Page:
Aristides the Just

Athens had a practice known as ostracism, where the citizens could banish someone for ten years if they were thought to be harmful to the city.  At one of the votes, an illiterate citizen approached Aristides, known as the Just, and asked him whether he could write down a name for him upon his shard (for that was how they voted.)  Aristides agreed to do so, and asked the man for the name.

“Aristides,” replied the citizen, not recognizing to whom he spoke.

“How has Aristides wronged you, that you desire him exiled?” asked Aristides, having no memory of harming the man.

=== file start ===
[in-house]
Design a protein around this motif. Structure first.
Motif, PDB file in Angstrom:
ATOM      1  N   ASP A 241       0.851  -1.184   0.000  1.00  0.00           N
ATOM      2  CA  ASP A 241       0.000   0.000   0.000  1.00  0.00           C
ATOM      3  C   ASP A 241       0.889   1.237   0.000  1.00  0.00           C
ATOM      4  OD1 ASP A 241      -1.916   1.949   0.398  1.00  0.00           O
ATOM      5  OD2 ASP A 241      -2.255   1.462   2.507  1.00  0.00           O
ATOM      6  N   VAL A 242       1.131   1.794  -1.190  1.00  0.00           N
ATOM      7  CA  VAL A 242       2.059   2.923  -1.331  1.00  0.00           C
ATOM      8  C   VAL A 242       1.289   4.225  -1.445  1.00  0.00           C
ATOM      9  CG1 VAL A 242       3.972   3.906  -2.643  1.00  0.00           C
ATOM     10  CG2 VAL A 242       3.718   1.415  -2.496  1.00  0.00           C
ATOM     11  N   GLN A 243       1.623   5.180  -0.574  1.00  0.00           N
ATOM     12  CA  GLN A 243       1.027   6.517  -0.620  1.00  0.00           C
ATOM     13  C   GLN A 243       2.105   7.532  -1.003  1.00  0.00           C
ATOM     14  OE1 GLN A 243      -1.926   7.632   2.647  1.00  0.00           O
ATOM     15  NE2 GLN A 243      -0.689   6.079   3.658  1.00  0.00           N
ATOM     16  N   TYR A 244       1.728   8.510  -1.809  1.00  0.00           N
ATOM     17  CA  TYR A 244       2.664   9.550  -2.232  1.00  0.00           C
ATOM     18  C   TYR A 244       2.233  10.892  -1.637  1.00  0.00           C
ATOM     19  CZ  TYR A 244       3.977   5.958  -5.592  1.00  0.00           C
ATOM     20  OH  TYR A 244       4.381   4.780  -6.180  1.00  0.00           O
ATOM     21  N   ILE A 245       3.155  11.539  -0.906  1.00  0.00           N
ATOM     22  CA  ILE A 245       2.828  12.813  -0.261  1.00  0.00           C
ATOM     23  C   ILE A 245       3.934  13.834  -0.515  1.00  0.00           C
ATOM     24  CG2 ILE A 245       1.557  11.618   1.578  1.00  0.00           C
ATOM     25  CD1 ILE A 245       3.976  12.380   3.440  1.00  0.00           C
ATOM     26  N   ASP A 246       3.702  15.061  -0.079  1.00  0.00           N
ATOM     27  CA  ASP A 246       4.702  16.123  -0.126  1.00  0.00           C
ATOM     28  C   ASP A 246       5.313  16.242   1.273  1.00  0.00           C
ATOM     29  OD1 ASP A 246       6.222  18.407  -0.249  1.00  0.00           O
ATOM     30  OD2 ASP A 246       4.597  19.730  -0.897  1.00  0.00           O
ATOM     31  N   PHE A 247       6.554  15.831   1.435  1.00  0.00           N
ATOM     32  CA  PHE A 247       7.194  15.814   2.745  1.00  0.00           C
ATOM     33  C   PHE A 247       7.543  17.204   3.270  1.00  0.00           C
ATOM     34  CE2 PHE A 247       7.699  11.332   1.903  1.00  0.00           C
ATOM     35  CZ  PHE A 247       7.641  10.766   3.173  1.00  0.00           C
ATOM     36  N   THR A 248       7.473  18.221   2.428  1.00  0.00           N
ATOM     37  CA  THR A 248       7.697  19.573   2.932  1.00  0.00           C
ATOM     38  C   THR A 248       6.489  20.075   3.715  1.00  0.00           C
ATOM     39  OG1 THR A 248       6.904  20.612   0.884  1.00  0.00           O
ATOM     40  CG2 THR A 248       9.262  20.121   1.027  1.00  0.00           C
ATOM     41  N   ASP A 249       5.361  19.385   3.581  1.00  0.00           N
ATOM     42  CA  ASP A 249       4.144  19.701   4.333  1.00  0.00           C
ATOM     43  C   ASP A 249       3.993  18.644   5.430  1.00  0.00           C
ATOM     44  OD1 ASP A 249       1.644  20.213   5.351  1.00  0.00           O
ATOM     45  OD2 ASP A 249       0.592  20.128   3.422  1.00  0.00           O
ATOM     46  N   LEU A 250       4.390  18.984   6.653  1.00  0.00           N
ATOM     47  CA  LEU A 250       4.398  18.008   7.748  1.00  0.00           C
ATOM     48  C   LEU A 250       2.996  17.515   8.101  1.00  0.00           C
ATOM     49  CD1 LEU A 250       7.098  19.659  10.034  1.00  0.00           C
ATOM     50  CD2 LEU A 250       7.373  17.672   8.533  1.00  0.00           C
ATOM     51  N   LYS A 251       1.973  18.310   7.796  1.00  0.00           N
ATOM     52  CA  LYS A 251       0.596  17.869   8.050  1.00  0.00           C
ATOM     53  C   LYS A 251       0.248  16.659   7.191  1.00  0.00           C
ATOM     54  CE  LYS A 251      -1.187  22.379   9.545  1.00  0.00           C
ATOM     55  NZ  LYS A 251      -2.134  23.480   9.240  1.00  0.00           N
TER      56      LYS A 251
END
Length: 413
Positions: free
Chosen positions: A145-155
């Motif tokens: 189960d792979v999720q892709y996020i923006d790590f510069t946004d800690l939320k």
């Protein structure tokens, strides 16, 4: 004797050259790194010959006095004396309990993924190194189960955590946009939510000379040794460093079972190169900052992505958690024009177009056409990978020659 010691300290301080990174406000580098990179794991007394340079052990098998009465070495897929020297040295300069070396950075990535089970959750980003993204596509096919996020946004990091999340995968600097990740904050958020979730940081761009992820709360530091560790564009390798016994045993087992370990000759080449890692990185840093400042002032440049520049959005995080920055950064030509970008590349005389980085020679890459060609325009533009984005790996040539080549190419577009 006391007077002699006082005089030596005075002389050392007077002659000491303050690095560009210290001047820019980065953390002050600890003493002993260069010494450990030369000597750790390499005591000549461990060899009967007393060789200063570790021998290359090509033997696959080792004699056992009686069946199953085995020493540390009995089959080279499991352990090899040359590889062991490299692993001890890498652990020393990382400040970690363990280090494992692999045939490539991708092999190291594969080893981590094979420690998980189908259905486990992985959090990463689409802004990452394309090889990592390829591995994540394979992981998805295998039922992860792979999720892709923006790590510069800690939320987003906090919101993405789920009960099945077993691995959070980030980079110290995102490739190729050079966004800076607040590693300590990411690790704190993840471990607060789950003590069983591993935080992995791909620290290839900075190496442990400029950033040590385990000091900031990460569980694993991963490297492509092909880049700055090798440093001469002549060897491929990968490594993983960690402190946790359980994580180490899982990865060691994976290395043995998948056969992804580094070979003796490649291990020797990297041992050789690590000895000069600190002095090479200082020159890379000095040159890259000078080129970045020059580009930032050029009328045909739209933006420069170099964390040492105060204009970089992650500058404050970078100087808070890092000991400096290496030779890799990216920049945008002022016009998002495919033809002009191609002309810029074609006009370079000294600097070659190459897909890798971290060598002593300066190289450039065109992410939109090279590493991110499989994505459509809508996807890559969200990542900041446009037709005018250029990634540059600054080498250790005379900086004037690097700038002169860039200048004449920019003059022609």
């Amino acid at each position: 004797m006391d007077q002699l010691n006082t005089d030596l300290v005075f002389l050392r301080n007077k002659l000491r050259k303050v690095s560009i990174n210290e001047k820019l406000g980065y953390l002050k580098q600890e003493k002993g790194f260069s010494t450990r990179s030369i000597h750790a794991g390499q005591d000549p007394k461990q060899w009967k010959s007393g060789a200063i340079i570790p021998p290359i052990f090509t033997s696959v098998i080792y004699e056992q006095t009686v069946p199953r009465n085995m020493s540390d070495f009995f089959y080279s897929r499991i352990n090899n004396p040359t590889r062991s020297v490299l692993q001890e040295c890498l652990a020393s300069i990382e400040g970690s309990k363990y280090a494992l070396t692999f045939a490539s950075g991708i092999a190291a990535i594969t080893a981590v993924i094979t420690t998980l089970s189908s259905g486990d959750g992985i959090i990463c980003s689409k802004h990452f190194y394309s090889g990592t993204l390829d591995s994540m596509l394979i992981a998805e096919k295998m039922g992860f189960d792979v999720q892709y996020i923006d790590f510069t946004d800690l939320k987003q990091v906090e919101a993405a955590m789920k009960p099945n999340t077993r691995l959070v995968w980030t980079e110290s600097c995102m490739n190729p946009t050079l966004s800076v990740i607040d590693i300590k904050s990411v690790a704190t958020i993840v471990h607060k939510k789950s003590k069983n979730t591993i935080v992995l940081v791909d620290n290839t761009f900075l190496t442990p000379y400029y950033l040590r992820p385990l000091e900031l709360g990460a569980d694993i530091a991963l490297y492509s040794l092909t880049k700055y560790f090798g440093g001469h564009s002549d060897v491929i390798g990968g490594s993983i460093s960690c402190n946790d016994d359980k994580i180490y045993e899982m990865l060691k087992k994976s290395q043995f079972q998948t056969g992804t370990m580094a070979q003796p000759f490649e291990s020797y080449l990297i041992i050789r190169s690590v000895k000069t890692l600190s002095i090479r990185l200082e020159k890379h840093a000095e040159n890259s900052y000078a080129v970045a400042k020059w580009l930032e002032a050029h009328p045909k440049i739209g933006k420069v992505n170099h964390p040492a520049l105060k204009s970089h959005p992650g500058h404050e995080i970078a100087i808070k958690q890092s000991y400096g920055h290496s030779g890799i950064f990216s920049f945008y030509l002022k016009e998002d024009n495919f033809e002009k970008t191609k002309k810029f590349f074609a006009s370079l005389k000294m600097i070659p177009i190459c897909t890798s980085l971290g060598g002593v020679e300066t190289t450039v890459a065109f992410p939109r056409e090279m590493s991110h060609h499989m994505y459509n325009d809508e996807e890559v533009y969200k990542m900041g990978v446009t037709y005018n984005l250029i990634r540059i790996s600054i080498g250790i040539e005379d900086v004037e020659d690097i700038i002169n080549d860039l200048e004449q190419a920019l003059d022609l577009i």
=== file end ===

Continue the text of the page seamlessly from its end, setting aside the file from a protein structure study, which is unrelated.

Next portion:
“Not at all,” replied the man, “but I am sick of always hearing him called the Just.”

Aristides said nothing, but wrote down his own name upon the citizen’s potsherd, proving his appellation.

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